Nearly two years after sportscaster Damian Goddard was fired by Rogers Communications, the Canadian Human Rights Commission 

media-literacy

media-literacy

BY Patrick B. Craine

 Nearly two years after sportscaster Damian Goddard was fired by Rogers Communications, the Canadian Human Rights Commission has dismissed his complaint in which he alleged that he was fired because he had publicly voiced support for the traditional definition of marriage.

On May 10, 2011, the former Connected star tweeted that he “completely and wholeheartedly” supports “the traditional and TRUE meaning of marriage.” Rogers immediately distanced themselves from the tweet, and then fired him within 24 hours.

Goddard on the set of Connected

In June 2011, Goddard, a devout Roman Catholic, filed a human rights complaint alleging religious discrimination.

But he received a letter from the Commission on April 15th  advising him that they had dismissed the complaint. “The evidence does not support a link between the complainant’s religion and the termination of his employment contract,” they wrote.

Despite the setback, Goddard has vowed to press on. “One day, I was a sports anchor in excellent standing with my employers at Rogers Communications Inc., and the next day following a tweet defending marriage, I was fired from my job,” he told LifeSiteNews. “Those are the facts.  And I look forward to taking this fight to the next stage.”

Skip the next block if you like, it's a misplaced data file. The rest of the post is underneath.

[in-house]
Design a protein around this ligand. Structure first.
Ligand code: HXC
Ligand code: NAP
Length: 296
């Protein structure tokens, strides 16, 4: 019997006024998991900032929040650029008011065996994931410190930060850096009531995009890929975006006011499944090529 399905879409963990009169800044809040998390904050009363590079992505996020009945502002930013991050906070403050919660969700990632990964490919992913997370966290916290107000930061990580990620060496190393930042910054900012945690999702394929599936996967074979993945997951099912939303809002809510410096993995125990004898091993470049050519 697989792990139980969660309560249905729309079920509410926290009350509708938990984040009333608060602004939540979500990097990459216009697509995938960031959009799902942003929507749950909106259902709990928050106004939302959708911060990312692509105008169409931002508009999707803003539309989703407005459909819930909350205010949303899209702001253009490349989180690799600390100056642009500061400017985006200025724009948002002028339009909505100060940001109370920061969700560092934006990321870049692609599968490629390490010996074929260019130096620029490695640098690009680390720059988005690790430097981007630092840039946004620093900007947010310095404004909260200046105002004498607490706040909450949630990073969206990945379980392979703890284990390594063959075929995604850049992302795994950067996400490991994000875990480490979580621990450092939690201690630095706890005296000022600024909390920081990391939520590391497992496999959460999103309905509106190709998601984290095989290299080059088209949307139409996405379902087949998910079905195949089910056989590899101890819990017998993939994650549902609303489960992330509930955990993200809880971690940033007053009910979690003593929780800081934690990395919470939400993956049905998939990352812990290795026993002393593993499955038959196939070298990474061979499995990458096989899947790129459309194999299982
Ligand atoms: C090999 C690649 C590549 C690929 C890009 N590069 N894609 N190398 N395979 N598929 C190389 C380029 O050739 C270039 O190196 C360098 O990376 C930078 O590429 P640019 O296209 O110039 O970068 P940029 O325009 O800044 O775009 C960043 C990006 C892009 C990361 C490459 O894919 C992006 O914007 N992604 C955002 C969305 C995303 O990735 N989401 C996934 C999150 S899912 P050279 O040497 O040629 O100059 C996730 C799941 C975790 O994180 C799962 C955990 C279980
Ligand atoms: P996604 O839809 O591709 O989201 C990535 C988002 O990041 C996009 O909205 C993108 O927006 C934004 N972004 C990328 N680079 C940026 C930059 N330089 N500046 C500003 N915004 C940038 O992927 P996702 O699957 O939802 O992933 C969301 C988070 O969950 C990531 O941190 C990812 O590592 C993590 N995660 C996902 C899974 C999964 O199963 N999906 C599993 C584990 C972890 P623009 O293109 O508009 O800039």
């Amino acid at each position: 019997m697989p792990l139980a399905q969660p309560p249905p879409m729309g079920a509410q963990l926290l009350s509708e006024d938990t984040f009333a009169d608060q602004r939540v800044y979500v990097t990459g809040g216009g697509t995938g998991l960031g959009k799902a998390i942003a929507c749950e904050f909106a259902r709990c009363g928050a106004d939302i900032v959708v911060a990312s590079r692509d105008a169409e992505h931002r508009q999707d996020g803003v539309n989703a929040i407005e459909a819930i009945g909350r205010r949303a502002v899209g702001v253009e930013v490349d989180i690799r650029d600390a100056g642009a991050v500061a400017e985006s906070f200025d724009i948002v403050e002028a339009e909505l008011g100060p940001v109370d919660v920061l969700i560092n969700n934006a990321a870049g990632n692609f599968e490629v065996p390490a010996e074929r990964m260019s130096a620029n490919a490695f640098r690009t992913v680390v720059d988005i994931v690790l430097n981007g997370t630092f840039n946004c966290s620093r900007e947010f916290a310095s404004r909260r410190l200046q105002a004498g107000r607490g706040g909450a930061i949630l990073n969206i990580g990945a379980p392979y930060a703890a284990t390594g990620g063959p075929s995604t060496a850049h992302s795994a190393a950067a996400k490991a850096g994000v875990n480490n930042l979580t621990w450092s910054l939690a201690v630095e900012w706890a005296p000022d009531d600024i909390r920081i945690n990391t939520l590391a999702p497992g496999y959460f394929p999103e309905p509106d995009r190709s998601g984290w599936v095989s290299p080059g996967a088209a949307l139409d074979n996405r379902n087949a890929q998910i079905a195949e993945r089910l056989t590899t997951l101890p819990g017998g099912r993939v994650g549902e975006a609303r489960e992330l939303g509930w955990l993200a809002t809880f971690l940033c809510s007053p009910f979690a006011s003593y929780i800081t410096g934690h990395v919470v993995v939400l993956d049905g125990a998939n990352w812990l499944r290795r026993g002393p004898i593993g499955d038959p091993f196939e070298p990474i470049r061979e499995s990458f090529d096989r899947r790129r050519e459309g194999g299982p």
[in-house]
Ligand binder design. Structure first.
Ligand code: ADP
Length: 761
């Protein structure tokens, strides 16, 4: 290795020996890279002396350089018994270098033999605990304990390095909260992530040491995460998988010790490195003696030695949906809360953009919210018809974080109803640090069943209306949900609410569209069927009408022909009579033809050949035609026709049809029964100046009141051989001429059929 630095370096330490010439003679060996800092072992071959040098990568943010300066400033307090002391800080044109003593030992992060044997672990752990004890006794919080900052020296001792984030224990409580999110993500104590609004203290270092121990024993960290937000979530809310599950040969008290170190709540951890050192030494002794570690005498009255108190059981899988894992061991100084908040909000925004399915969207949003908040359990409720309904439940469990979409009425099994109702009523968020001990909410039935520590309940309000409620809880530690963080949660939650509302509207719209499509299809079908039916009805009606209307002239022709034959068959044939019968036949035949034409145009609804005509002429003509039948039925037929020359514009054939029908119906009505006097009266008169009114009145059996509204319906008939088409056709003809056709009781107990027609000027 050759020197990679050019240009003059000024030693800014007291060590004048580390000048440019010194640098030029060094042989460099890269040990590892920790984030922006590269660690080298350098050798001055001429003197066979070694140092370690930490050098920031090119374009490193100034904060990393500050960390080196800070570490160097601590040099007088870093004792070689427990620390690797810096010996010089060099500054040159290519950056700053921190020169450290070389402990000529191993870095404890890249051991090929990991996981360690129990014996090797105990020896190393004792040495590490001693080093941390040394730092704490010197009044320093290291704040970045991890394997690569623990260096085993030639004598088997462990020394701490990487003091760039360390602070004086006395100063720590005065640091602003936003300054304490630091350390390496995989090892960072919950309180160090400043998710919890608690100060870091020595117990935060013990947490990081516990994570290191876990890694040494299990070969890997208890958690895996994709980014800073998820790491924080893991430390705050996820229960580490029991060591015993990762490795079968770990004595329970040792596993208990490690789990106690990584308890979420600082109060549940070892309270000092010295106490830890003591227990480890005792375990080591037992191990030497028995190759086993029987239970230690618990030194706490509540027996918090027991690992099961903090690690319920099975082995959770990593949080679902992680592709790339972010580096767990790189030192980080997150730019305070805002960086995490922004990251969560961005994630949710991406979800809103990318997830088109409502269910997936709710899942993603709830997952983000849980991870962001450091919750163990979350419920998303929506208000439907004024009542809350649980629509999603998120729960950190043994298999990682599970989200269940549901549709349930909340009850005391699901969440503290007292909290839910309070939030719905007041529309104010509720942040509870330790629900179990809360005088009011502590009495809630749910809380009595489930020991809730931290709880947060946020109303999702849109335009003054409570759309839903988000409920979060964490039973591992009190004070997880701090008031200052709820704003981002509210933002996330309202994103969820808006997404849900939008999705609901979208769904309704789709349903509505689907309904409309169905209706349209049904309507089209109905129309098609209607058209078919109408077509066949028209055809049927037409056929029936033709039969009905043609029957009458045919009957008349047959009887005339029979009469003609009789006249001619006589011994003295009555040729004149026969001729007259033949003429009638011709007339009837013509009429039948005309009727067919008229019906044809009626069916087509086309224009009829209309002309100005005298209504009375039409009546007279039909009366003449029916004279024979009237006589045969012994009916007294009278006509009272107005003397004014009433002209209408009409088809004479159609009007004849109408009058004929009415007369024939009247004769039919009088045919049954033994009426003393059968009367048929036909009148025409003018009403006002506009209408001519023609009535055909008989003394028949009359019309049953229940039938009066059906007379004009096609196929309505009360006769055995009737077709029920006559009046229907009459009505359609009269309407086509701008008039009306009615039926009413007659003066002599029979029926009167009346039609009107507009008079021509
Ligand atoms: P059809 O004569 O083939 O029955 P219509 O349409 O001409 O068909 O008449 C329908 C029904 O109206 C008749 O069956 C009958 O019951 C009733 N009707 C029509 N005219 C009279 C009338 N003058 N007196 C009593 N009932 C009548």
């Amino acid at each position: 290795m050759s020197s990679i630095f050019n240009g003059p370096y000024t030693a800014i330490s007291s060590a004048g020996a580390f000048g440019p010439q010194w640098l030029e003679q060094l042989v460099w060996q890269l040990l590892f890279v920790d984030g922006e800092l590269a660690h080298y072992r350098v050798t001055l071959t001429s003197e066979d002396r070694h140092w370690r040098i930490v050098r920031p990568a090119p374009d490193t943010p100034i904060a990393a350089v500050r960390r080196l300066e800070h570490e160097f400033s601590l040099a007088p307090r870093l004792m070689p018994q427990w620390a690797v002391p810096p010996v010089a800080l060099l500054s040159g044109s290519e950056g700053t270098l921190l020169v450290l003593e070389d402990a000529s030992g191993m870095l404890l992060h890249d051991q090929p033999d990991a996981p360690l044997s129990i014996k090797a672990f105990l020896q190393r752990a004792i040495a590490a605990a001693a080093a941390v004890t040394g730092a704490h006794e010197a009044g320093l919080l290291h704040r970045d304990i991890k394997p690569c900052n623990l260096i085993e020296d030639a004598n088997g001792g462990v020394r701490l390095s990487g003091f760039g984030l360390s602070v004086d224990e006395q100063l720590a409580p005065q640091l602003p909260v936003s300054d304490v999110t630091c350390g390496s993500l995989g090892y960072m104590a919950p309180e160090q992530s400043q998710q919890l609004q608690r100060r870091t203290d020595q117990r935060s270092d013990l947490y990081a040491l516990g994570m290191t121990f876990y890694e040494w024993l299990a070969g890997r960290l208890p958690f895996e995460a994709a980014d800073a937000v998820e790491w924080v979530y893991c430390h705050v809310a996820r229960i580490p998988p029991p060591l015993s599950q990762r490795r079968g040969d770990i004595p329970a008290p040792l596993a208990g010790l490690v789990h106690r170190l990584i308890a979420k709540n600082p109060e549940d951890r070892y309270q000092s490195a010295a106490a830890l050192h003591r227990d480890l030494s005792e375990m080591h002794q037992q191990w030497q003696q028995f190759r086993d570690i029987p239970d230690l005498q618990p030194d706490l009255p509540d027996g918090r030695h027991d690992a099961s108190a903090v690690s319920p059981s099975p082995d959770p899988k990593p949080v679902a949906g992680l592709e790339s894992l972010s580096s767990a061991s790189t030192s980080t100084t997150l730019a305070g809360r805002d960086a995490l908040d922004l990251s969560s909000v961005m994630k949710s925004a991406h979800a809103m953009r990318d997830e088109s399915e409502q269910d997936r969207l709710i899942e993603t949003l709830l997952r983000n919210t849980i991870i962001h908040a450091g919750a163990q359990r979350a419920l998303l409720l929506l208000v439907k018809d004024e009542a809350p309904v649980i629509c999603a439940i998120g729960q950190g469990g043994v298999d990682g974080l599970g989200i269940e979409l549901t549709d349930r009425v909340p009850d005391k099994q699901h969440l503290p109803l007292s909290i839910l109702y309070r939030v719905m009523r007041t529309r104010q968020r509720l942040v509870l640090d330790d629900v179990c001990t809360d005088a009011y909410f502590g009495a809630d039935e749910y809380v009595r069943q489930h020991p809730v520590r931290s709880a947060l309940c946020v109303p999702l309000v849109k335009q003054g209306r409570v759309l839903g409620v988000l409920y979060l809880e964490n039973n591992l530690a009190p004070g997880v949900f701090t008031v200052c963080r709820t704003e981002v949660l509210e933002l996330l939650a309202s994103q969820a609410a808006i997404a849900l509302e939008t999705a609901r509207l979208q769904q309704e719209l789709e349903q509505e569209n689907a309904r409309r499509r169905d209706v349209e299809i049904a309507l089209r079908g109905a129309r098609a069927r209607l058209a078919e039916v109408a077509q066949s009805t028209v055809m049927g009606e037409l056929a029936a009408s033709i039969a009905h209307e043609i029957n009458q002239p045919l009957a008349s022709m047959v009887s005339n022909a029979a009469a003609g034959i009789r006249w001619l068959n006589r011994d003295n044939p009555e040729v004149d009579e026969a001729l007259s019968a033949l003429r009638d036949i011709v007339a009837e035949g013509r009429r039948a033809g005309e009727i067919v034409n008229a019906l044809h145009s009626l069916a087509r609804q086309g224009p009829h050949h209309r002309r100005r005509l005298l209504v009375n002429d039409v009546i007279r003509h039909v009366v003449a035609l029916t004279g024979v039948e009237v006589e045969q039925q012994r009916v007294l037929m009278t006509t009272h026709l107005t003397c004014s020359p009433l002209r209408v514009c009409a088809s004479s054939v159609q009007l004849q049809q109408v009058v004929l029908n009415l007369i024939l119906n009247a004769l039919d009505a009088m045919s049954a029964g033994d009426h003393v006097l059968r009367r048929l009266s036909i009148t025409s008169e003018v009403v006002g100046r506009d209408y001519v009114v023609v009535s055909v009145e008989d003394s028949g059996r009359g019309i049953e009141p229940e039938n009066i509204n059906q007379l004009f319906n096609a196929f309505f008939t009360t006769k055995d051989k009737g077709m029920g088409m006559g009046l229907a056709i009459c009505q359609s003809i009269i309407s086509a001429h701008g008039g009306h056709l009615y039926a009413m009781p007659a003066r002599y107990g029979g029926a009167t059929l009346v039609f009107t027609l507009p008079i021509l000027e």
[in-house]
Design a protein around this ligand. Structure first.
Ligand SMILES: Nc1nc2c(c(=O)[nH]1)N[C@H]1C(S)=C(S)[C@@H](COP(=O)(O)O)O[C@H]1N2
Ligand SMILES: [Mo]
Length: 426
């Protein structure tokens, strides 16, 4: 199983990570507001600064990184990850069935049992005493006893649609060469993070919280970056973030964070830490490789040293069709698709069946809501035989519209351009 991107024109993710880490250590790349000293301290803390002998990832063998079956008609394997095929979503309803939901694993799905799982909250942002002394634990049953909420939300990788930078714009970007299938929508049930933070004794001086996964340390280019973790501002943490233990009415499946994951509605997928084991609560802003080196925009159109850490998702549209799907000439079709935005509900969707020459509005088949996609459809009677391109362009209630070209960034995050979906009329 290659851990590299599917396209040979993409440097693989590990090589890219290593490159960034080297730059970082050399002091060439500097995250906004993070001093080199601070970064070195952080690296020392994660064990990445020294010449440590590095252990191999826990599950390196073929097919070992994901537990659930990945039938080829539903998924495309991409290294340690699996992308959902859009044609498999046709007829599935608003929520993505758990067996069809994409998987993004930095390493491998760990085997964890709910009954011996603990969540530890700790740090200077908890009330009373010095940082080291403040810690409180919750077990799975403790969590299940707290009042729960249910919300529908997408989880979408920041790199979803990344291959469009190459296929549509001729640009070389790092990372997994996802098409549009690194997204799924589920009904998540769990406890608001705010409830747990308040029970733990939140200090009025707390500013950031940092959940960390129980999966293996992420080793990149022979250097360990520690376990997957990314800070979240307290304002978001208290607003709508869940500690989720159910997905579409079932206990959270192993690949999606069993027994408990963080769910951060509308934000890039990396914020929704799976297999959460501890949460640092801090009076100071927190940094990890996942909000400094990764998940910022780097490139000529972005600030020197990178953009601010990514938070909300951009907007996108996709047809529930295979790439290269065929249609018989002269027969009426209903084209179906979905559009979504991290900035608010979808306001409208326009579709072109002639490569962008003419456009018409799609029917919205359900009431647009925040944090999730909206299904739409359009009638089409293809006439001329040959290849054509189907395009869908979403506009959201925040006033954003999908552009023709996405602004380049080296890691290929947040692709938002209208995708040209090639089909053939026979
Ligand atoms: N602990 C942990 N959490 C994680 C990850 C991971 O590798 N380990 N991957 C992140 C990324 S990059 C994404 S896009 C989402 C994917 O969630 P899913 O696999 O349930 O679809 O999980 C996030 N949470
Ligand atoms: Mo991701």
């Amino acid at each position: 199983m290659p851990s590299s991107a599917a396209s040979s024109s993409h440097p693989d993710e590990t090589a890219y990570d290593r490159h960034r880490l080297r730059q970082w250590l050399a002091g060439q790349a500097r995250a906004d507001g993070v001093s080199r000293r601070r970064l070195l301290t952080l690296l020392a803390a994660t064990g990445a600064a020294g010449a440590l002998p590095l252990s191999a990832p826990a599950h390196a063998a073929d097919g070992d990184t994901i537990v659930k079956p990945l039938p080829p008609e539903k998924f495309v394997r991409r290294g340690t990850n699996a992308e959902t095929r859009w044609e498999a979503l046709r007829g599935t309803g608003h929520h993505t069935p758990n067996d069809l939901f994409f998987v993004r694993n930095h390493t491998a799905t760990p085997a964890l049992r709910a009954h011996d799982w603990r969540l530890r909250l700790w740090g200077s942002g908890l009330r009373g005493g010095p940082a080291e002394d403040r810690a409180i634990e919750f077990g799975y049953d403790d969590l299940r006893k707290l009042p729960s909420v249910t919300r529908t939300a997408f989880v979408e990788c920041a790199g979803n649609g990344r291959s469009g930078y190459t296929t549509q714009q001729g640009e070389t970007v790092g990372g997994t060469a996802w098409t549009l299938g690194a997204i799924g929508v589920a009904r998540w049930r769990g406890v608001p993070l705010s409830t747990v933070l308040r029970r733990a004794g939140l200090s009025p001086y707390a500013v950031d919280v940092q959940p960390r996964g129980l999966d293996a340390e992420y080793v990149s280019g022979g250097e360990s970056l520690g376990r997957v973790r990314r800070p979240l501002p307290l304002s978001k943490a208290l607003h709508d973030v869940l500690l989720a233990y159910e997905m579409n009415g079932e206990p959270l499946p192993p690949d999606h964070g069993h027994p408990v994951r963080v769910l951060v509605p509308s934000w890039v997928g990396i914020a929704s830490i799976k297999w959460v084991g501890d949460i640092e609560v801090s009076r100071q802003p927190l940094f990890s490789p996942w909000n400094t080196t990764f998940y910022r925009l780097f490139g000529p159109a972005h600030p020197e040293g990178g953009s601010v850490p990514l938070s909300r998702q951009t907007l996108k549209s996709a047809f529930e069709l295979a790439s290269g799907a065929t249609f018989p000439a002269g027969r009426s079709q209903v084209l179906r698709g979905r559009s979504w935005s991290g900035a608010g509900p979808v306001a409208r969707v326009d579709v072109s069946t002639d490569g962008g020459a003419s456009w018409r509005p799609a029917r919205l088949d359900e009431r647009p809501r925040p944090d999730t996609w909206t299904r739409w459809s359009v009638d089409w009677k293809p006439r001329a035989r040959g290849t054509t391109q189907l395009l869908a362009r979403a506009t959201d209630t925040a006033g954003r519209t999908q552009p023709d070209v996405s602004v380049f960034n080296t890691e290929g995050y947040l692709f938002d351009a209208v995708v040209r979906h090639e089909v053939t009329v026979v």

Goddard’s May 10th tweet was offered in support of Burlington hockey agent Todd Reynolds, who was in the news that week after he criticized then-NHL player Sean Avery for shooting a TV ad backing gay “marriage.”

Rogers Communications has maintained throughout the process that Goddard’s tweet had nothing to do with his firing, but they have not publicly specified the reasons for his dismissal.

“Mr. Goddard was a freelance contractor and in recent weeks it had become clear that he is not the right fit for our organization,” Sportsnet spokesman Dave Rashford said on May 12th, 2011.

Rashford later said that Goddard was “aware of the reasons” for his termination, insisting they were “well documented,” but declined to specify them because of a policy against discussing personnel issues in the media.

But Goddard maintains that Rogers had given him a “ringing endorsement” of his performance merely a week before the incident.

“Mere hours after I had tweeted in defense of marriage on May 10th, I was called in to work for a meeting,” he told LifeSiteNews in June 2011. “While I was unable to make it in for the meeting, as I was looking after my 4 and 2 year old kids, I was promptly terminated from my position as a Rogers Sportsnet anchor 24 hours after my initial tweet.”

Goddard warns that his termination could act as a dangerous precedent for other pro-family Canadians engaging the public through social media, and says he hoped his case would help reinvigorate the battle against same-sex “marriage” in Canada.

On that issue, “there’s a complacency in this country that needs to be shaken,” he said in November 2011.

Goddard has since joined forces with the U.S.-based Marriage Anti-Defamation Alliance, a project of the National Organization for Marriage dedicated to supporting pro-family citizens who face threats for expressing their views.

LifeSiteNews.com contacted Rogers Communications for comment but did not hear back by press time.

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